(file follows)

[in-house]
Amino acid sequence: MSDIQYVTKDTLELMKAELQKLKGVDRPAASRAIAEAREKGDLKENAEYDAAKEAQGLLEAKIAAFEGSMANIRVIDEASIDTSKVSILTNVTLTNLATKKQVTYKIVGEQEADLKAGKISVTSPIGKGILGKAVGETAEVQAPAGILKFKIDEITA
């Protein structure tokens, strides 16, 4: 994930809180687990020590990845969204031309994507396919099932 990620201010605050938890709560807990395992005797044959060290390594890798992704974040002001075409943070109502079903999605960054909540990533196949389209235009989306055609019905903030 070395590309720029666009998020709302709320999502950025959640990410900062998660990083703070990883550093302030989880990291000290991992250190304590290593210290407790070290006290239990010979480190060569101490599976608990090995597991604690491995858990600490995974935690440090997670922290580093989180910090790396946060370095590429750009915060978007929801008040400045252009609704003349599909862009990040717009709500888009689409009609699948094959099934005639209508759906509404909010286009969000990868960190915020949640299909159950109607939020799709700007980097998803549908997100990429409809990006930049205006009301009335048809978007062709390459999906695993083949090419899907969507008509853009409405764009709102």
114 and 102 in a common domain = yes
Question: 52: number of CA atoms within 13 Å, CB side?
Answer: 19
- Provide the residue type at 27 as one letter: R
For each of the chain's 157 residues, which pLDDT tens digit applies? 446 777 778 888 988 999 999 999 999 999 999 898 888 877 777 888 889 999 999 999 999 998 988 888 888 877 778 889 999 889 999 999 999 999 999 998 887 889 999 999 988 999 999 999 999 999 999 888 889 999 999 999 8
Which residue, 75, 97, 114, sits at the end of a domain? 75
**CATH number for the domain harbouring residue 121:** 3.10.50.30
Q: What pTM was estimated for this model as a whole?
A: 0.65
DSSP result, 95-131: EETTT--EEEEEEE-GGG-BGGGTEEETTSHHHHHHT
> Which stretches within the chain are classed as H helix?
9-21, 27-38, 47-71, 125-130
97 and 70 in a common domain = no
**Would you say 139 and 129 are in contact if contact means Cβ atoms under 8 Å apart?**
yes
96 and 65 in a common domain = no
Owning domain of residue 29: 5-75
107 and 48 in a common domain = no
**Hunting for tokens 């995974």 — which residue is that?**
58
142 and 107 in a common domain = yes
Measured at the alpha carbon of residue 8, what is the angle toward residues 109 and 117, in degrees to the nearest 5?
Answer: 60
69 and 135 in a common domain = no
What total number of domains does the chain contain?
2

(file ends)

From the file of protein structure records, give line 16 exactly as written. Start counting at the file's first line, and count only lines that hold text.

97 and 70 in a common domain = no